01 April 2015
As the world’s oldest profession, it’s no surprise that the public have always had a fascination with sex work. As a result, countless books, films and TV programmes revolve around or feature sex workers, though the way that they are portrayed in the media is probably very different from the reality of most people working in the industry.
For the majority of the general public, TV and films form their main point of reference when it comes to sex work. This means that films and TV shows can have a big impact on the way that the public sees sex workers and even how sex workers see themselves.
So does the media do a good job when it comes to portraying sex work? And how much does fiction differ from reality?
Sex work in films
One of the most famous portrayals of sex work in the movies is the award-winning Pretty Woman. A huge success around the world, the film made Julia Roberts a household name and encouraged the public to see sex workers as real people.
What the film has in common with others that feature sex work like Taxi Driver and Risky Business is that sex workers are generally shown to be strong women with good hearts.
However these films also tend to show sex workers in passive roles, often portraying them as helpless victims who rely on other people for support and salvation.
In many films, events happen to or around sex workers, with the women themselves often appearing unable to act to help themselves. Both films and TV shows often show women being forced into sex work, trafficked and threatened with violence. Drugs also play a big role in the plot-lines of films involving sex work.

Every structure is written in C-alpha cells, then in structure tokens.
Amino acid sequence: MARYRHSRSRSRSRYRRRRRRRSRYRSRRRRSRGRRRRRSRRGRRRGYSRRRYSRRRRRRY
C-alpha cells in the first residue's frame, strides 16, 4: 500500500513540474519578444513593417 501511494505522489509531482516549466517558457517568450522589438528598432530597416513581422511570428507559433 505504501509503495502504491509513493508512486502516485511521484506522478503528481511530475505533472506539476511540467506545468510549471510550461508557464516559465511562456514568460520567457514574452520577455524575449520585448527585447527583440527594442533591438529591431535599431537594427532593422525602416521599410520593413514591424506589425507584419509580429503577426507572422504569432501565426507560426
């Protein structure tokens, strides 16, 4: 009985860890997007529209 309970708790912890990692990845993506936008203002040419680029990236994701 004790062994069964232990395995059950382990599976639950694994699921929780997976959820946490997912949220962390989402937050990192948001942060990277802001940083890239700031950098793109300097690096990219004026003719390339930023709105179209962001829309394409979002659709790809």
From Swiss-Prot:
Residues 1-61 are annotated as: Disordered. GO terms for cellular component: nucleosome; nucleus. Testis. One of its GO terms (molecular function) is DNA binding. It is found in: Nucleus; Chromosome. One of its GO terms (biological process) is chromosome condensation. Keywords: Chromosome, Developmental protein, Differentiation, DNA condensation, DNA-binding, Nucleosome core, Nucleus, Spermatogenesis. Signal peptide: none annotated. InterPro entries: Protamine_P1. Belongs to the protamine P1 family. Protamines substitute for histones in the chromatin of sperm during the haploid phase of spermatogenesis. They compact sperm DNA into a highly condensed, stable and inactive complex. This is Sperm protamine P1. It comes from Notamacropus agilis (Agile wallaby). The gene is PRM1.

Though every woman’s experience of sex work is different, the statistics show that the majority of sex workers are not trafficked or forced into the profession.
For some women who work in the sex industry in the UK, they feel that perhaps sex work is one of the only ways that they can earn enough to support their families, and rather than working for money for themselves, they are working to provide a home, food and opportunities for their children and loved ones.
Until sex workers themselves begin to make films and TV shows about their own experiences, the way that they are portrayed in the media is unlikely to change, with directors, actors and the audiences making assumptions about life in the industry.
Another way the portrayal of sex work in the media is changing is through social media. Recent years have seen a big increase in the number of sex workers using the internet to tell their own stories, something that can only be good for dispelling myths created by the media and for giving sex workers the voice and the identity they deserve.
Doorway supports women working in sex work, prostitution and the adult industry in Norfolk. Our aim is to develop relationships with women, providing friendship, assurance, acceptance and support. Don’t forget to Like our Facebook page and follow us on twitter @DoorwayWS for info and advice.